Remarketing is a very useful AdWords tool for targeting users who have already been your site but did not complete the desired action (eg. A newsletter sign up or a product purchase). There are various methods for using Remarketing to work for your campaign objectives. Please see my previous post on the basics of Remarketing.
Earlier this month, Google made some changes to how marketers are able to use this feature. The first change allows for Remarketing lists to be created and managed within Google Analytics, allowing for deeper analysis of these ads. This can be found in the Admin section under “Remarketing Lists”.
The second change is the ability to create various Remarketing lists using one piece of code instead of many.
Before, if you wanted to separate ad messages according to the page category that the user was browsing before they left the site, a unique code for each of those categories would have to be generated and implemented within the corresponding webpage. For example, if you have a site selling shoes, you would have to have a unique code for running shoes, a unique code for boots etc., in order to be able to deliver Remarketing ads specific to those shoe types.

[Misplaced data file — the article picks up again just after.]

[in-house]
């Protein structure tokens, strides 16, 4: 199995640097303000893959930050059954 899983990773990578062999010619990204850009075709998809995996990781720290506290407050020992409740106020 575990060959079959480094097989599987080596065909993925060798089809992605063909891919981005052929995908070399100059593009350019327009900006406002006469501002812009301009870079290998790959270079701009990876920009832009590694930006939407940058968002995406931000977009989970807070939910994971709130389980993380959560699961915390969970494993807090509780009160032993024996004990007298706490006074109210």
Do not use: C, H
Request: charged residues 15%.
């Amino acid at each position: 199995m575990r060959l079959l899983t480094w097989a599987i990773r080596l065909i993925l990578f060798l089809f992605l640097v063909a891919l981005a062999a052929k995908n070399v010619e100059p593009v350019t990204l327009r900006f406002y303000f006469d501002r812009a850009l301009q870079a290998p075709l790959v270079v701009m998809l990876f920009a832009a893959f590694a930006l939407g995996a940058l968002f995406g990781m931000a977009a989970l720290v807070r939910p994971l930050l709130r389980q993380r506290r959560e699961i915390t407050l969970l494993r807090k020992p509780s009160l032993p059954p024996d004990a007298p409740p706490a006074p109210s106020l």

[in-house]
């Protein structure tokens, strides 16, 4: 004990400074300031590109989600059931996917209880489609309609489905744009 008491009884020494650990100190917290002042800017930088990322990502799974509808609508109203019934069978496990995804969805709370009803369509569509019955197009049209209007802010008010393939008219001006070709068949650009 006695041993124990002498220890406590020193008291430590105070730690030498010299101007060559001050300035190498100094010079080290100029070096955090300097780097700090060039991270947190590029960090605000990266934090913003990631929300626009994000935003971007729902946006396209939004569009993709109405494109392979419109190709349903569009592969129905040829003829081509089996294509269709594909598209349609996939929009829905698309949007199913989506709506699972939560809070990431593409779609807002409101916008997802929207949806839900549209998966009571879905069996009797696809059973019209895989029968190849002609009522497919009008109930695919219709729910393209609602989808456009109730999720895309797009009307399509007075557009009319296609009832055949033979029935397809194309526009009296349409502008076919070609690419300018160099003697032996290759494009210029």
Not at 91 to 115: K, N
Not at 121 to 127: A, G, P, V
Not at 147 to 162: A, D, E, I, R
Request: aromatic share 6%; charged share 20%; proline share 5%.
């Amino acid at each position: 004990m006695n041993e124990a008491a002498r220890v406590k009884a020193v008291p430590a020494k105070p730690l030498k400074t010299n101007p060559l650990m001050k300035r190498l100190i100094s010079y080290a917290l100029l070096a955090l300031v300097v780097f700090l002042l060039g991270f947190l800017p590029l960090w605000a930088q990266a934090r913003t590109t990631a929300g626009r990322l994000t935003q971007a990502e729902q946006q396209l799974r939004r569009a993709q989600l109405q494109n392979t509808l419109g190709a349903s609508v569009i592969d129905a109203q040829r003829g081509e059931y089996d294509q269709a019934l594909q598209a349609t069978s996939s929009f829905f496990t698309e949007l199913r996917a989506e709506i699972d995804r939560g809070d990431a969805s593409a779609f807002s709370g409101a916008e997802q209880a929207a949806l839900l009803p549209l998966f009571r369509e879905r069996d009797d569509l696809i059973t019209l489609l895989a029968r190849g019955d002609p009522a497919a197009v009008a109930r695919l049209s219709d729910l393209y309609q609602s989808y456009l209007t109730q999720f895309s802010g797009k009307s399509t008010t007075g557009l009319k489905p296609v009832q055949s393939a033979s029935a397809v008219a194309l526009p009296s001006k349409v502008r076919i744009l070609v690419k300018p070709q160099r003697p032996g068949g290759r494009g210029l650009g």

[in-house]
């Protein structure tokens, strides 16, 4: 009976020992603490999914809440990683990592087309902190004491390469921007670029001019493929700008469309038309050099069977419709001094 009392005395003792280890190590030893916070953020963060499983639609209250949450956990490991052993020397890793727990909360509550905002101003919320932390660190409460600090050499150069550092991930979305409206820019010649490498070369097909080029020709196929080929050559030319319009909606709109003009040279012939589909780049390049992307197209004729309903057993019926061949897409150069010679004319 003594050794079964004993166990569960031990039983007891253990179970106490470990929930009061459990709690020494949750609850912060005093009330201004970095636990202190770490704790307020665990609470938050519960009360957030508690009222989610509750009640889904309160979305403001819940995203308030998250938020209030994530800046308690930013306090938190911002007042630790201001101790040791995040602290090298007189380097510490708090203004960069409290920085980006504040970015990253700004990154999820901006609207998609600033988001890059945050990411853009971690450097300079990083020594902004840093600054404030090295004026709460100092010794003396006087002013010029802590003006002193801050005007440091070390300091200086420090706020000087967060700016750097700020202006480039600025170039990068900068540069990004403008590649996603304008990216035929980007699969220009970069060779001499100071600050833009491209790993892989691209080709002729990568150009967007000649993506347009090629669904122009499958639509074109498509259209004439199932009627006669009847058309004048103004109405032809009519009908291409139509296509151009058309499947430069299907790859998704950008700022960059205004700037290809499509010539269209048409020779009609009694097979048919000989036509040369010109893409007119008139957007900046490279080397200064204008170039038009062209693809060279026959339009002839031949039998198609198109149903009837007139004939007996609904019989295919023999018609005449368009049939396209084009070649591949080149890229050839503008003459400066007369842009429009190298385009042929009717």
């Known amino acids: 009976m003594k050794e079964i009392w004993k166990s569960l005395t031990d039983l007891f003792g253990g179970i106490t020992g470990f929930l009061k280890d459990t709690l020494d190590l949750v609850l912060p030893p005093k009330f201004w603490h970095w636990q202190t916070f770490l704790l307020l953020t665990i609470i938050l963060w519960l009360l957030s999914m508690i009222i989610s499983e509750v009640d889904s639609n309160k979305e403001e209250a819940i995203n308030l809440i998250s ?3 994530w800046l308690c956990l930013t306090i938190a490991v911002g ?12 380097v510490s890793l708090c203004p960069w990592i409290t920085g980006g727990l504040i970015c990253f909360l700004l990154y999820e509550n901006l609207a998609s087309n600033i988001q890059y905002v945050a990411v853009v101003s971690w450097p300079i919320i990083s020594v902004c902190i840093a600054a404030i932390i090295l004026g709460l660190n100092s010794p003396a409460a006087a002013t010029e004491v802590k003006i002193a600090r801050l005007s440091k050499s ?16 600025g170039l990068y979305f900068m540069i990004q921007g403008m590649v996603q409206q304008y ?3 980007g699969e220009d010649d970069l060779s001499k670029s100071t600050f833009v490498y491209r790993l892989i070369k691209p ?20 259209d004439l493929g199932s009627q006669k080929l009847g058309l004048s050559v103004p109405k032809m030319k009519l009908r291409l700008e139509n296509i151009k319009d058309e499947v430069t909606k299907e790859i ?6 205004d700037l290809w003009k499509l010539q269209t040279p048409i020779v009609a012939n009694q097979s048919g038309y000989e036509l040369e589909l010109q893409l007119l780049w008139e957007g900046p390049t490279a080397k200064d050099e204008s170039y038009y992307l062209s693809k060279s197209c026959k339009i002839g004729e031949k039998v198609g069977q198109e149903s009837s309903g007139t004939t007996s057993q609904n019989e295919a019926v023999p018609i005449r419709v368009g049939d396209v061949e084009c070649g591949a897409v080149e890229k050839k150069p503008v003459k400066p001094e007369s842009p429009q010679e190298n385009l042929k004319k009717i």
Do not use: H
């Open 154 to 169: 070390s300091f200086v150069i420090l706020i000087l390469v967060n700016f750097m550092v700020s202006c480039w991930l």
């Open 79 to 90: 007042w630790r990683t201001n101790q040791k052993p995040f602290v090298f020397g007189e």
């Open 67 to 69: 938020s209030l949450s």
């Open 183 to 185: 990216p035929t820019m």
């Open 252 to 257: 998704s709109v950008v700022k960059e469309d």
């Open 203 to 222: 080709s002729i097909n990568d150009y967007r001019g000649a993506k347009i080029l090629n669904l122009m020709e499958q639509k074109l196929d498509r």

Now, only one Remarketing code needs to be generated and implemented across all pages of the site. Some accounts may already have this code automatically generated. If you have this, it will be found under the “Audiences” tab, within the shared library, named “Main List”. If your account does not have this pre-generated list, then click ‘New audience’. Select ‘Remarketing list’ and then ‘define a list of site visitors by placing a new tag on selected pages’. Select the ‘+New tag’ button, name your remarketing list as ‘Main List’.
When the code of this Main List has been implemented across the site, you will then be ready to create category-based lists. From the Audiences tab, select ‘New audience’ > ‘Remarketing List’. Then select ‘Define a list of site visitors based on the selection below’. You can then create a list defined by the contents of the URL. For example, if you want to create a list for all users who viewed running shoes on your site, you would select all URL’s containing the term “runningshoes”. This method is therefore dependant on the URL structure of your site.
If you have already been using Remarketing, you can continue to use the old method, but some changes will need to be made in order to be able to use this new feature. See an explanation from Google on these changes here.
This new way of Remarketing has the obvious benefit of not having to deal with too many separate pieces of code, which can get especially complex when emailing to clients with explanations on implementation. It is also a time saver in that you would no longer need to keep adding additional code when there are changes to landing pages and promoted products.